Petri originally had a mortgage with Luxury Mortgage Corp., but subsequently Bank of America (“BOA”) commenced foreclosure proceedings. Appealing the order allowing foreclosure, Petri argued that BOA was not the true holder of the note authorized to foreclose. The Superior Court found that the original note had been transferred to BOA and further held that it was a valid debt, that Petri was in default, that BOA had a right to foreclose under the note, and that all proper parties had received notice, thereby meeting the requirements of N.C.G.S. § 45-21.16 and allowing the foreclosure to proceed. Petri then filed a separate complaint seeking to enjoin the foreclosure and asserting, among other causes of action, various UDTPA violations by BOA in failing to comply with a federal consent judgment. On the motion of BOA, the complaint was dismissed due to a lack of subject matter jurisdiction and arguing that the complaint was barred by res judicata.
As Petri did not press the subject matter jurisdiction question, the Court of Appeals did not address this basis for dismissal. Regarding res judicata the Court of Appeals stated that BOA was required to show the following:
1. A final judgment on the merits in an earlier suit;
2. An identity of causes of action in both the earlier and later suits;
3. An identity of party in both the earlier and later suits.
The only issue raised in the appeal was whether the causes of action in the foreclosure and later complaint. The Court of Appeals held that the foreclosure only established the four criteria stated above under N.C.G.S. § 45-21.6, whereas Petri’s complaint raised substantially different issues, including under N.C.G.S. § 75-1 et seq. The Court of Appeals, however, continued, finding that the complaint was barred under the doctrine of collateral estoppel, which prohibits re-litigation of issues determined in a prior suit. The criteria for collateral estoppel are:
1. The earlier action resulted in a final judgment on the merits;
2. The issue in question is identical to an issue actually litigated in the earlier suit;
3. The judgment on the earlier suit was necessary to that case; and
4. Both parties are either identical to or in privity with a party or parties from the prior suit.
The Court of Appeals found that the foreclosure petition resulted in a final judgement and that it and the complaint involved identical parties. As to the issues presented in the petition and complaint, the Court of Appeals held that the finding in the foreclosure that BOA was the holder of a valid note with the right to foreclose collaterally estopped Petri from later arguing that lack of ownership of the note by BOA constituted a UDTPA violation.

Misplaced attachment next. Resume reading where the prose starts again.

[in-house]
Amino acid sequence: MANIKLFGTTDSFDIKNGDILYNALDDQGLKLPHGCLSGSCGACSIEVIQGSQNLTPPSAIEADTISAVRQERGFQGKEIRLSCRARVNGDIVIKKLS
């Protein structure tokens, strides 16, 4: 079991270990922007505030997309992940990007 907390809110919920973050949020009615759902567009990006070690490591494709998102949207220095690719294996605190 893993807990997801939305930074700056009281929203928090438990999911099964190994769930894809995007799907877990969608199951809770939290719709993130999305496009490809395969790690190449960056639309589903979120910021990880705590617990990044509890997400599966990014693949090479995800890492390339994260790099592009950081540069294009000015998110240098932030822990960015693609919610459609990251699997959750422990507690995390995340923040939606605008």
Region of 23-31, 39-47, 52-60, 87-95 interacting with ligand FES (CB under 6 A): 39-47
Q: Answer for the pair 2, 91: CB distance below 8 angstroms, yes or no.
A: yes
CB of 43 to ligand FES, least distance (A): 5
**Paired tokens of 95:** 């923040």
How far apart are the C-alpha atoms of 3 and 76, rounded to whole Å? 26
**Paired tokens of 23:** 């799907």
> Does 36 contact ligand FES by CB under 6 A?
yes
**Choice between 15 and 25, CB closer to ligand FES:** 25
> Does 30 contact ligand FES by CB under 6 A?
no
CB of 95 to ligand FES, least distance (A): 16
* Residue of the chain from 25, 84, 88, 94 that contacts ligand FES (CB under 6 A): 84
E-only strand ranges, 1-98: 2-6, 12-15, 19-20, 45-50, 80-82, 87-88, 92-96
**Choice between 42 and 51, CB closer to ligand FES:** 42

Regarding collateral estoppel, the Court of Appeals held that the parties in the foreclosure petition and Petri’s complaint were identical. This is not nearly that clear. The parties in the complaint were Petri and BOA and the Substitute Trustee. In the foreclosure petition, the petitioner was the Substitute Trustee, Brock & Scott, P.L.L.C.. Under N.C.G.S. § 45-21.16, the debtor and any owners of the property are parties and under N.C.G.S. § 45-21.16A, tenants may also be parties. The note holder is not, however, a party to the foreclosure petition. That BOA is “the party seeking to foreclose” does not make it a party to the Substitute Trustee’s petition. Foreclosure under Power of Sale is a non-judicial foreclosure. The Notice and Hearing with the County Clerk of Court is to “authorize the mortgagee or trustee to proceed under the instrument,” not to have the Clerk conduct the foreclosure sale. N.C.G.S. § 45-21.16(d). While the Court of Appeals did not proceed further with the 4th requirement of collateral estoppel, it could not be argued that the Substitute Trustee and BOA are in privity, as the substitute trustee is a disinterested neutral party and not the representative of either the debtor or creditor. See Mills v. Mutual Building & Loan Ass’n, 216 N.C. 664, 6 S.E. 2d 549 (1940).
Further, although not accented in this case, collateral estoppel requires that an an issue be “actually litigated.” This means that a default judgment or an uncontested foreclosure would fail to meet this requirement.
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